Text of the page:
Linear B (m)
Linear B is the name given to the script used in Mycenaean Greece from 1450 BC until around 1200 BC. It was deciphered in 1952 by the British architect, Michael Ventris, who found it to be based on archaic Greek. What is not generally known is that in America at the same time, classicist Alice Kober was engaged in a parallel quest but unfortunately died of cancer in 1950, before she could complete her work(b).
Edo Nyland in his Linguistic Archaeology controversially claimed that the same texts translated by Ventris using archaic Greek could also be translated using Basque! Examples are given on the University of California, Riverside website(c).
The script is similar to Linear A(a) used in Minoan Crete, which has still to be decoded. Writing disappeared from Greece in the 12th cent. BC and did not reappear until the 9th cent. BC, when an alphabetic script came into use. Those three centuries are known as the ‘Dark Ages’ of Greek history. Plato explained the lack of writing as a consequence of a catastrophic flood which left just a few illiterate ‘mountaineers’ as survivors, who orally transmitted their history until literacy returned.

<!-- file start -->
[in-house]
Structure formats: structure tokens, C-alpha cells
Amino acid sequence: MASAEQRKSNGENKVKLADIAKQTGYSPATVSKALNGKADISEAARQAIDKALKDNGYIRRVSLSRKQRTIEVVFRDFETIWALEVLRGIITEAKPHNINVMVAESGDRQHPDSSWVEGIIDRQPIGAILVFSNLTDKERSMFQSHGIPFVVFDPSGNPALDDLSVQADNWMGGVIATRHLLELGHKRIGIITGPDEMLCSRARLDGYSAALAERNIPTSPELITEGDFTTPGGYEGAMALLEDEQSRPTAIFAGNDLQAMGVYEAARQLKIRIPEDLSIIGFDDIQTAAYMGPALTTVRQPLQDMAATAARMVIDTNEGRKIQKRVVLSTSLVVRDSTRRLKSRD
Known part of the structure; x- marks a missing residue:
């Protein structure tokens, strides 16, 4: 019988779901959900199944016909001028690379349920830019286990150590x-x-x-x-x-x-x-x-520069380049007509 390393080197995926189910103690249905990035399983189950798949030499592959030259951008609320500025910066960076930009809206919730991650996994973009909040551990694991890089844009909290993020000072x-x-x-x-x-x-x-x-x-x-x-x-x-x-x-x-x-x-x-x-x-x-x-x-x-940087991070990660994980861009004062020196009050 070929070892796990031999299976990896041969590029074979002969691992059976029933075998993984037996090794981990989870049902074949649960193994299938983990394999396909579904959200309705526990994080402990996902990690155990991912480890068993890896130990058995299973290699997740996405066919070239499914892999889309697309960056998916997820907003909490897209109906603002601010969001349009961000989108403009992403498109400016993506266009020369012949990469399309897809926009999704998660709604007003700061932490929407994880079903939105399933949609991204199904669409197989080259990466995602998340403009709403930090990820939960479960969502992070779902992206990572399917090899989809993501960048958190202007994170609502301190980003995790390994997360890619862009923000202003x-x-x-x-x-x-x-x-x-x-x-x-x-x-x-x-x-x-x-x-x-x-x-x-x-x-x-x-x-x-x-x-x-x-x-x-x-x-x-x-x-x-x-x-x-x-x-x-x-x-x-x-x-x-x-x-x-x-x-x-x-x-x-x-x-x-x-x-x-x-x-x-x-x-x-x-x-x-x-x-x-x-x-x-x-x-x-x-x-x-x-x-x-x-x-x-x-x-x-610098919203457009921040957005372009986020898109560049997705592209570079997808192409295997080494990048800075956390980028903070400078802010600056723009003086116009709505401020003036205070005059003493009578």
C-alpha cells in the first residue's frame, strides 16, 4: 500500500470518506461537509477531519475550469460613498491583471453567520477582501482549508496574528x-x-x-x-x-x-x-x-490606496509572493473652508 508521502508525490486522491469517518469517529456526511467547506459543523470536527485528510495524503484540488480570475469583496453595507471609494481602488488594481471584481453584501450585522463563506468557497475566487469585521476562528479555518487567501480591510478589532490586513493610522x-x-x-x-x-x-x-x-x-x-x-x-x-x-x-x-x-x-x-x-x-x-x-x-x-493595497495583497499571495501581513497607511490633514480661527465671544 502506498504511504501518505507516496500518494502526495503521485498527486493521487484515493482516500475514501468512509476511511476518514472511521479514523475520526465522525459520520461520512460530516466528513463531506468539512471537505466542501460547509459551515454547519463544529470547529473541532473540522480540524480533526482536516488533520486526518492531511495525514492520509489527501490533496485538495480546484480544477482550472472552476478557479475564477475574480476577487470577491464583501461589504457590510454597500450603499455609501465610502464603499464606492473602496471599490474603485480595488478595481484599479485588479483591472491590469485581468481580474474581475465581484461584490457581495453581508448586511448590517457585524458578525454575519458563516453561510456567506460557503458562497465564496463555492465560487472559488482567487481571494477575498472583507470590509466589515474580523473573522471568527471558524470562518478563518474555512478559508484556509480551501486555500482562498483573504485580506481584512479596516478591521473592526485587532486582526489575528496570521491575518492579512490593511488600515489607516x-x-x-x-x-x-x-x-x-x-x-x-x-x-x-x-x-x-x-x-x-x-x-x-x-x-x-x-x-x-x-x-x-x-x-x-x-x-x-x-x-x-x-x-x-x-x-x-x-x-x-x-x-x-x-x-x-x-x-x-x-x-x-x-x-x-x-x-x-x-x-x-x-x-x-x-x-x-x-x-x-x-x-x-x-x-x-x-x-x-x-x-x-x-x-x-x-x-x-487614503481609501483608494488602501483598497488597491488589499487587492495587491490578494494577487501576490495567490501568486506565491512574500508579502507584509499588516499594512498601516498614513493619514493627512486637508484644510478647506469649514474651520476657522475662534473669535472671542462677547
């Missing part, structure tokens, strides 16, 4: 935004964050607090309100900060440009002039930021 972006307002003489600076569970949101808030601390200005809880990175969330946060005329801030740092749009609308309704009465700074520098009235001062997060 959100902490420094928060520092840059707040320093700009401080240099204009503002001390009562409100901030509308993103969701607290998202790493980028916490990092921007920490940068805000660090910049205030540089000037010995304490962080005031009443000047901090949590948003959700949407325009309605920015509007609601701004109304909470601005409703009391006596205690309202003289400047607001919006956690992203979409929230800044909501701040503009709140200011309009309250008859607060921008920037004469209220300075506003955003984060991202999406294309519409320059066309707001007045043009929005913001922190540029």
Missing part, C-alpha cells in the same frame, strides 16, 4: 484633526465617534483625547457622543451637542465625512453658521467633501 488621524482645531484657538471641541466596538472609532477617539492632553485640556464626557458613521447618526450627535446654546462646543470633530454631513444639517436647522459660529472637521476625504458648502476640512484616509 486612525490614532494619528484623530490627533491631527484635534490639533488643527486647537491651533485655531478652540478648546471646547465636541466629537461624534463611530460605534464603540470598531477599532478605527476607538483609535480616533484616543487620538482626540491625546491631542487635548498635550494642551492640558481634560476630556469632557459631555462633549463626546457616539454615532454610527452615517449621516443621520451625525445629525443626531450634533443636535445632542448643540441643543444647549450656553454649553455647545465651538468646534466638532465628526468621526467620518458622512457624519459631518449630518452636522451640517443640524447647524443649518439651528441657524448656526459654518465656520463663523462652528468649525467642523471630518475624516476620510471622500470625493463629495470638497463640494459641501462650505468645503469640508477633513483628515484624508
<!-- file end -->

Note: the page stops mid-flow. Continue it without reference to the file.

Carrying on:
The scale of Greek catastrophes during this period is indicated by the work of V.R.Desborough who gathered comparative data on the number of population centres on the Peloponnese in the 12th and 13th centuries that shows an average drop of 80%. Spanuth lists those figures in Atlantis of the North[015.161].
Plato is often denounced by Atlantic sceptics as just a philosopher and therefore unreliable as an historian. However, in Critias he outlines quite accurately a number of features of ancient Greece that were only verified in recent times, such as the layout and earthquake damage to the Acropolis as well as the ‘Dark Ages’ mentioned above.*[This like saying that an historian cannot have valid philosophical views or a philosopher should not discuss historical matters.]*
It has been suggested that the Atlantis story was brought to Egypt written in the Minoan scripts. Both employed numerals where the symbol for ‘hundred’ was very similar to that for ‘thousand’, leading to later transcription errors that eventually gave us Plato’s apparently exaggerated numbers! Both James Mavor and Rodney Castleden have advocated this explanation.